Council Stands by Emergency Relief for Chapters


WINDOW ROCK, Ariz. – After much deliberation and direct communication with community officials and first responders, the 24th Navajo Nation Council appropriated $3 million dollars in emergency relief for the Navajo Nation’s chapters. The Office of the Speaker does not agree with several statements made in President Jonathan Nez’s line item veto announcement of CF-04-19, the emergency relief funding legislation passed by Council on Feb. 26. 

Without any consultation to the Council regarding the concerns outlined in his veto memorandum, the president claims that the expenditure from the Minimum Fund Balance (MFB) for the chapters’ emergency expenses will imperil the Nation’s financial integrity.

According to the Office of the Controller, the MFB of the Undesignated Unreserved Fund Balance is approximately $16 million. At the Feb. 26 special council session, the controller testified that she believes the appropriation from the MFB would not adversely impact the Navajo Nation’s financial integrity, including the Nation’s credit rating as the president claims.

Neither the Division of Community Development, nor the Office of the Auditor General can provide a “real time” audited emergency line item amount for each chapter. Any assertion to the contrary is not supported by the testimony of the acting auditor general.

After direct communication with their chapters, numerous delegates attested to the depletion of chapter emergency funds and the need for further funding to protect chapters’ most vulnerable citizens.

“We, as a Council, voiced our chapters’ needs to the mother government. Additional funding is needed for food, wood, water and other basic necessities. I strongly disagree with the line item veto. I hope President Nez can provide an answer to the 110 chapters on his decision,” Delegate Otto Tso (Tó Nanees Dizí) said in a statement.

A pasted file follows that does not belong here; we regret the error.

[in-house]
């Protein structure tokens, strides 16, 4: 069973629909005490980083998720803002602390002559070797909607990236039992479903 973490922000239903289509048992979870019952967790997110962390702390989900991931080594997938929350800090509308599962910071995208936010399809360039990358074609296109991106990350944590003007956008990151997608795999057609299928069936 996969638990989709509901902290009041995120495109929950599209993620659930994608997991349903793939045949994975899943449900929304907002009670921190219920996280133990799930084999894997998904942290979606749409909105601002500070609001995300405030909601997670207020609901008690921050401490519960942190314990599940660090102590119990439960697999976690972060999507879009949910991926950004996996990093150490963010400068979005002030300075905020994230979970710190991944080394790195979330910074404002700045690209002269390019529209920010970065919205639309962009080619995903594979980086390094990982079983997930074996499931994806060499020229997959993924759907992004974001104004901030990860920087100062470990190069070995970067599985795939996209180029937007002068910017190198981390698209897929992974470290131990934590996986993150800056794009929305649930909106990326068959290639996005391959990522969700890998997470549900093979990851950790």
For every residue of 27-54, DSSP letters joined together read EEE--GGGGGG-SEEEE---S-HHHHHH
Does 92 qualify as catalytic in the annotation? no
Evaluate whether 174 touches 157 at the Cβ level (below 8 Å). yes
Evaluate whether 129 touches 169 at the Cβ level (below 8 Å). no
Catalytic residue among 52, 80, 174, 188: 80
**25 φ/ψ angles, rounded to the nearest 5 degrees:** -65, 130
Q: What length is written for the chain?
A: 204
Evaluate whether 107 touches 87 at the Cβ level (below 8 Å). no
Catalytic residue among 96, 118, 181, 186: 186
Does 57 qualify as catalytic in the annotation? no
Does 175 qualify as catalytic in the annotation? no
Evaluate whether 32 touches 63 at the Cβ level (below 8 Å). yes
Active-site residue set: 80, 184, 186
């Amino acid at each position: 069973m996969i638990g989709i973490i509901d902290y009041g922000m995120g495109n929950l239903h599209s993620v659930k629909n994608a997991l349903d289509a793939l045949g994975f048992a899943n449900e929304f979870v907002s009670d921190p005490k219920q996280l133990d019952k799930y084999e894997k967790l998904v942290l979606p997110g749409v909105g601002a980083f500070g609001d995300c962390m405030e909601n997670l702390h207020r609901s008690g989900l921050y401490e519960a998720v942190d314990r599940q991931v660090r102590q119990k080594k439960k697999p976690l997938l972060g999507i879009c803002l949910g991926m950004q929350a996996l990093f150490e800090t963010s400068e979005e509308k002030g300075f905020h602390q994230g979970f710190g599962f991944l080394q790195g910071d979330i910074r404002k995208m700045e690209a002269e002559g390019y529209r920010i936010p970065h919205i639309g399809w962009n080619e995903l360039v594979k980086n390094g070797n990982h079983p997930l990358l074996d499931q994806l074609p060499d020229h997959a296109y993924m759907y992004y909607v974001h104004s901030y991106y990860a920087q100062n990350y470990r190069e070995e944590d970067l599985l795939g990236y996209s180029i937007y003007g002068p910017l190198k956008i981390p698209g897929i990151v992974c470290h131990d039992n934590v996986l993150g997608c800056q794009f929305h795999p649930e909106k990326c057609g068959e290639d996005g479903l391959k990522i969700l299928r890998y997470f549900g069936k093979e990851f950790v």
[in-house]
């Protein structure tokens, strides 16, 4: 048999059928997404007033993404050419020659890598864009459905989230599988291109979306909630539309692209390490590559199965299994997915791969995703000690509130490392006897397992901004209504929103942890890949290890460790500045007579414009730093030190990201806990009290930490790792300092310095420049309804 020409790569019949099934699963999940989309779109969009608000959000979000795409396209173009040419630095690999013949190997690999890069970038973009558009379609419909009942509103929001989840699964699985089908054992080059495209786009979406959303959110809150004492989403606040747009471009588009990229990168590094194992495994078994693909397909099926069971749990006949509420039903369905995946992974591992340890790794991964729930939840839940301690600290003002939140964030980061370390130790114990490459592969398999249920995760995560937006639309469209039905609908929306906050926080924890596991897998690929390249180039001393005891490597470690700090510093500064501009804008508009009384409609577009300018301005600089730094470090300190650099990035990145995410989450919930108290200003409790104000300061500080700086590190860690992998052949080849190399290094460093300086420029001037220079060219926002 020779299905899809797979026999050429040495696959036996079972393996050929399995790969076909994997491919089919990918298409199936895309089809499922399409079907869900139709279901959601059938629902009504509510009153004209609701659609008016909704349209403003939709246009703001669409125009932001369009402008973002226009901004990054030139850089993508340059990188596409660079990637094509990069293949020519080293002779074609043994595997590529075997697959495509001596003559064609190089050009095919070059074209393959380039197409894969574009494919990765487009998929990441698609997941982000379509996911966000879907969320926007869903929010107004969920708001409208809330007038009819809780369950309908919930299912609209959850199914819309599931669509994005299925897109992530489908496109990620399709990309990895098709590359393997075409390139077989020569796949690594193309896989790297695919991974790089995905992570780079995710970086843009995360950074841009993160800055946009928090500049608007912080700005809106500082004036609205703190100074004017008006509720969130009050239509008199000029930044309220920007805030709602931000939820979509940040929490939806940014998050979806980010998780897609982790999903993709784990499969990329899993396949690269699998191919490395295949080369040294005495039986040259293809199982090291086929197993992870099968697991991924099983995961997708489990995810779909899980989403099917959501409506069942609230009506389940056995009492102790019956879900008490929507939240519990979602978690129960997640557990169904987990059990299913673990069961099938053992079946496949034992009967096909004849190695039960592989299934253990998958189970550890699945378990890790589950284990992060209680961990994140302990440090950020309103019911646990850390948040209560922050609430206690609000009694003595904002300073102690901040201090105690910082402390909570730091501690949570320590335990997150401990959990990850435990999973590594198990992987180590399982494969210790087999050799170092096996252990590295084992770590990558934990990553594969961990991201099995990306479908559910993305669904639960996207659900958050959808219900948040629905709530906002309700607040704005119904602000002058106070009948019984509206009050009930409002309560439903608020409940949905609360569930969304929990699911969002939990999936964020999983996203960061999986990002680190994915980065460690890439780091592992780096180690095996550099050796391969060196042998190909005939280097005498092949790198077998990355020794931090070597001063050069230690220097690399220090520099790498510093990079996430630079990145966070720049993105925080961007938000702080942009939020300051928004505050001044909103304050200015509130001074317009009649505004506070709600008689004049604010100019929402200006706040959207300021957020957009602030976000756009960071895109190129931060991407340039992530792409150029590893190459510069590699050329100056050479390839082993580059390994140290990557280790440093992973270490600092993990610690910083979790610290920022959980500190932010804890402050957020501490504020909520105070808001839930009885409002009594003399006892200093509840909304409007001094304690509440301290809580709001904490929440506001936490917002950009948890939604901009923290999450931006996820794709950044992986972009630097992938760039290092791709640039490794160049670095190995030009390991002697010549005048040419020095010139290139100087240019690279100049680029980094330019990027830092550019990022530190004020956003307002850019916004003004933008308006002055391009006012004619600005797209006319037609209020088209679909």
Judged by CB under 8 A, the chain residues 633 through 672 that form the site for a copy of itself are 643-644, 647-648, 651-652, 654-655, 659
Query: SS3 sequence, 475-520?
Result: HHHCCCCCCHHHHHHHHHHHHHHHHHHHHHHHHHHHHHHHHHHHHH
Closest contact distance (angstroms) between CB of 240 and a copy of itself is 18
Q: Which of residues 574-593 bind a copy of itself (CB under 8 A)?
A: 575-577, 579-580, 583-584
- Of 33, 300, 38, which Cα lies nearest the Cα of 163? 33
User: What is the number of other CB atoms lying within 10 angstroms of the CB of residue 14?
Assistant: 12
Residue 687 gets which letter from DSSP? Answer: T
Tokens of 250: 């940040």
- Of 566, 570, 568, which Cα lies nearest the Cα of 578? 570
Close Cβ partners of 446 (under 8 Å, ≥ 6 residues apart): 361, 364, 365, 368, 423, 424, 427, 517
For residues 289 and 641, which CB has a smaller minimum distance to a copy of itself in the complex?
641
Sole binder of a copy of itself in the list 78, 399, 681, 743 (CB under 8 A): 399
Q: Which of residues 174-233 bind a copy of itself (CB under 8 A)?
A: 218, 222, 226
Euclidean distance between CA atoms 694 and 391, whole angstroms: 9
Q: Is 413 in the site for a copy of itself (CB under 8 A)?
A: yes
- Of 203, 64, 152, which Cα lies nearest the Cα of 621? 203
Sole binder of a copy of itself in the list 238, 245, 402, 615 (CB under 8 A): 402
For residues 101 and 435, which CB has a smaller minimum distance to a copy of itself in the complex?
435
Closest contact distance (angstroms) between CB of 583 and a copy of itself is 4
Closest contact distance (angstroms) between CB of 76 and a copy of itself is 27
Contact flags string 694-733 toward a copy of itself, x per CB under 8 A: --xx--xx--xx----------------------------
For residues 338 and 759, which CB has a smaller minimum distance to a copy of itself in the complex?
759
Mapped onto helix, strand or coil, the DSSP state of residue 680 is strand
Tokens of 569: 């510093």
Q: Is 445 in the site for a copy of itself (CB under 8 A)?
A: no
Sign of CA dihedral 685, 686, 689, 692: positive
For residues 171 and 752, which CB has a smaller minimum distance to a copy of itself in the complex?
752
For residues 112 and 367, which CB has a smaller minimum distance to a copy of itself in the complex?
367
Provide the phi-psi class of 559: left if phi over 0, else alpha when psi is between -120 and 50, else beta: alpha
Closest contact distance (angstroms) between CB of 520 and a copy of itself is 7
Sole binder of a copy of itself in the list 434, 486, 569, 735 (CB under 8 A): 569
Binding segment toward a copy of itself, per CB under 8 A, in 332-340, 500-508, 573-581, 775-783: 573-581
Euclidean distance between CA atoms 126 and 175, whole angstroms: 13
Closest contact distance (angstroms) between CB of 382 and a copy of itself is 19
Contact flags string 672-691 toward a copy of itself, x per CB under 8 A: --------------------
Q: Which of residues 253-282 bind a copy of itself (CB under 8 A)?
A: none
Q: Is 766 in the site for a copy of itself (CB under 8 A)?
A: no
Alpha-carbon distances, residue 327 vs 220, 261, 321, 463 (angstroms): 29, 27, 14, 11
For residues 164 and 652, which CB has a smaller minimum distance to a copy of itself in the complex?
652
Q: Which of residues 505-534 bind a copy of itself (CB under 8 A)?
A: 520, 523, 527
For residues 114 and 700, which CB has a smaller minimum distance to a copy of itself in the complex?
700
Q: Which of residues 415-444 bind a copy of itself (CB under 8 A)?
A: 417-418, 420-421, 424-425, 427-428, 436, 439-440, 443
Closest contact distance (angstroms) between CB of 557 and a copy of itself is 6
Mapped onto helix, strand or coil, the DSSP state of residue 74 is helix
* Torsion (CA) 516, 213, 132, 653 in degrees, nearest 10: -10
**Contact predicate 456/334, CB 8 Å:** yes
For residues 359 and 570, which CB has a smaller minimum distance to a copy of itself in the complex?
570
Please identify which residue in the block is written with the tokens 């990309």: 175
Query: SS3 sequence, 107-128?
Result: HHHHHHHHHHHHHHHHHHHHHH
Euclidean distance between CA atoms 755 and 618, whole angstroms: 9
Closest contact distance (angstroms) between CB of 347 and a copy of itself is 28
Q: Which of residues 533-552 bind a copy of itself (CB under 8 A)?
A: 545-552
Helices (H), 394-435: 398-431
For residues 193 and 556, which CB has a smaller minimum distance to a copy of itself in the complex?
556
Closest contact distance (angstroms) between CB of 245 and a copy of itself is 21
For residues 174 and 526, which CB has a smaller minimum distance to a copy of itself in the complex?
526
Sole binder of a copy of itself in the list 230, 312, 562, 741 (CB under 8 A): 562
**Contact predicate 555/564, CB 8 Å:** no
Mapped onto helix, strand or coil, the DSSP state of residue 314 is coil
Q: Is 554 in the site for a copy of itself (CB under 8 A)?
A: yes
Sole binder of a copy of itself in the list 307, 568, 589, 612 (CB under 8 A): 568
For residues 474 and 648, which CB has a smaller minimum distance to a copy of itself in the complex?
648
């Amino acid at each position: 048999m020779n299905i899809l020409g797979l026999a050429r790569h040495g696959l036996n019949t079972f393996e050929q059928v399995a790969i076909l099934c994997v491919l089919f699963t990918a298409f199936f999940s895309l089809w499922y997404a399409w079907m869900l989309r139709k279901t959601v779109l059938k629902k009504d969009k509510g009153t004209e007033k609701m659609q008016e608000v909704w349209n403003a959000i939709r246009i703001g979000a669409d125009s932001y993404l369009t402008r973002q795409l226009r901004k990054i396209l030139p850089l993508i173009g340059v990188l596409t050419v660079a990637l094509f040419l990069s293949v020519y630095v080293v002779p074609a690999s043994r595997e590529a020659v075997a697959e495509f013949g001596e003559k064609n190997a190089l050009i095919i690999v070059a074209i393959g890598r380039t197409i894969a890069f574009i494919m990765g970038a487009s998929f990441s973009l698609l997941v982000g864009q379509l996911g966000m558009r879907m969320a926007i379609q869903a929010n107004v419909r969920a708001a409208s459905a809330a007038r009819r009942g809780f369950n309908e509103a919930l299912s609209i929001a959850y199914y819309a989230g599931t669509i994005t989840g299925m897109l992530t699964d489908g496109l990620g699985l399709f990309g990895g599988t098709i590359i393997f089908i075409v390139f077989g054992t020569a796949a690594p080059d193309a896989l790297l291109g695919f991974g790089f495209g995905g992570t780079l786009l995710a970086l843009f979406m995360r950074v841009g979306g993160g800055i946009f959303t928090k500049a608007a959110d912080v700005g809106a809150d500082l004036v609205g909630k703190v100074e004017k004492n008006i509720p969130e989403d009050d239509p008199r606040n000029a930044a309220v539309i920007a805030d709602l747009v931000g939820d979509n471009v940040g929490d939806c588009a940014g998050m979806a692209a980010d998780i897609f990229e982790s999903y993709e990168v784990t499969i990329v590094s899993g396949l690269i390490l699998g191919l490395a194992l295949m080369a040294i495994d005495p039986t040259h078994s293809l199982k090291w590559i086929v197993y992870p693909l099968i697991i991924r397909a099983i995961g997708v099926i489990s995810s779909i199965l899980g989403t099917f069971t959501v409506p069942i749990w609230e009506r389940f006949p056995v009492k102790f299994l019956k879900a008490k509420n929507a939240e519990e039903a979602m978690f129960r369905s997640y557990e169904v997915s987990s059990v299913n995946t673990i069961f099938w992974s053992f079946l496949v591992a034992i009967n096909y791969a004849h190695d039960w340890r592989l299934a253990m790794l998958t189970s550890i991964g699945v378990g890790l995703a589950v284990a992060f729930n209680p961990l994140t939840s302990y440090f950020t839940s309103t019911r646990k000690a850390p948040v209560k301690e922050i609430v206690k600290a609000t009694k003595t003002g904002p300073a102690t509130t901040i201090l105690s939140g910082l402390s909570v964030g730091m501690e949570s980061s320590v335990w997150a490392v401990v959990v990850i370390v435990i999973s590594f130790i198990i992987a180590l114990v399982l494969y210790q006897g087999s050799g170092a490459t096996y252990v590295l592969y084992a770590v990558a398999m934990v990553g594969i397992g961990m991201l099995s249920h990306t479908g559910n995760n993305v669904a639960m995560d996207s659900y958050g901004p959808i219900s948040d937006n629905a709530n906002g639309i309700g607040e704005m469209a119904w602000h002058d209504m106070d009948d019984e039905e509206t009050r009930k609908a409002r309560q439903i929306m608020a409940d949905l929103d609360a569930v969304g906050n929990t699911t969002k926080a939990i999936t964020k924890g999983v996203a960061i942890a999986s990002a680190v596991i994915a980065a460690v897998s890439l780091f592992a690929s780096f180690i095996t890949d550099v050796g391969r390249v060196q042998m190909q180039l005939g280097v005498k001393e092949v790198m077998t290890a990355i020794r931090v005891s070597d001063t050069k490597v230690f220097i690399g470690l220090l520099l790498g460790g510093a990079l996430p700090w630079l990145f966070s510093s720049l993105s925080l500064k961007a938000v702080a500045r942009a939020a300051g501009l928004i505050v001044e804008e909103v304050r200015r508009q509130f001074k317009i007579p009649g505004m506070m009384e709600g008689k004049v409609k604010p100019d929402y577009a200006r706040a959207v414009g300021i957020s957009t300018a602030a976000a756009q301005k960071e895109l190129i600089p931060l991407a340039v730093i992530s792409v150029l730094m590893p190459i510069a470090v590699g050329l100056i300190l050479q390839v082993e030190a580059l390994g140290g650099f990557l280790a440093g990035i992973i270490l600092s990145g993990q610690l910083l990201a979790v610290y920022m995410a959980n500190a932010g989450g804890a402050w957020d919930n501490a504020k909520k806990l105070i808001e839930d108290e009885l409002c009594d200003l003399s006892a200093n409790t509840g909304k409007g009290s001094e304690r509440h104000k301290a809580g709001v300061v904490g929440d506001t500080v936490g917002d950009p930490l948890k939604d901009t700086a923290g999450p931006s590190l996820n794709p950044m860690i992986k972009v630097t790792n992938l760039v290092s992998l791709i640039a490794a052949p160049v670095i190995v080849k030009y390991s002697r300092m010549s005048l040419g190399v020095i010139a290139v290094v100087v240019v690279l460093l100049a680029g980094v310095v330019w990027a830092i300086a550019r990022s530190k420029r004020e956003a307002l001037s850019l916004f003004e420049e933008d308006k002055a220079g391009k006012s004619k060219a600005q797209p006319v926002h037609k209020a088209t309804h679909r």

Delegate Mark Freeland (Becenti, Crownpoint, Huerfano, Lake Valley, Nageezi, Nahodishgish, Tse’ii’ahí, Whiterock) conveyed his dismay in the line-item veto.

“It’s unfortunate that President Nez vetoed the emergency legislation. Our community response teams, community health representatives, and local officials were the first responders in our communities and we, as Council, relied on their firsthand accounts to make our decision,” Delegate Freeland expressed in a written statement.

Moreover, chapters lack the authority and control to execute budget transfers to their emergency line items in a timely fashion. In parallel to the president’s precautionary Emergency Declaration, the Council decided it would not be beholden to the federal government, rather Council would be proactive public servants.

At no point did the Office of the President and Vice President representatives relay the president’s position on appropriating emergency relief funding at the Feb. 26 special session. Many of the considerations the president asserts in his release were discussed during the special session and the Council would have welcomed the executive branch’s active engagement.

The Council respects the president’s veto, though this situation could have been avoided if the president had conferred with the Nation’s legislative branch on Feb. 26, rather than leading from behind by veto.

The Navajo Post Newspaper is a newspaper that covers the largest Native American tribe in the U.S. the Navajo Nation.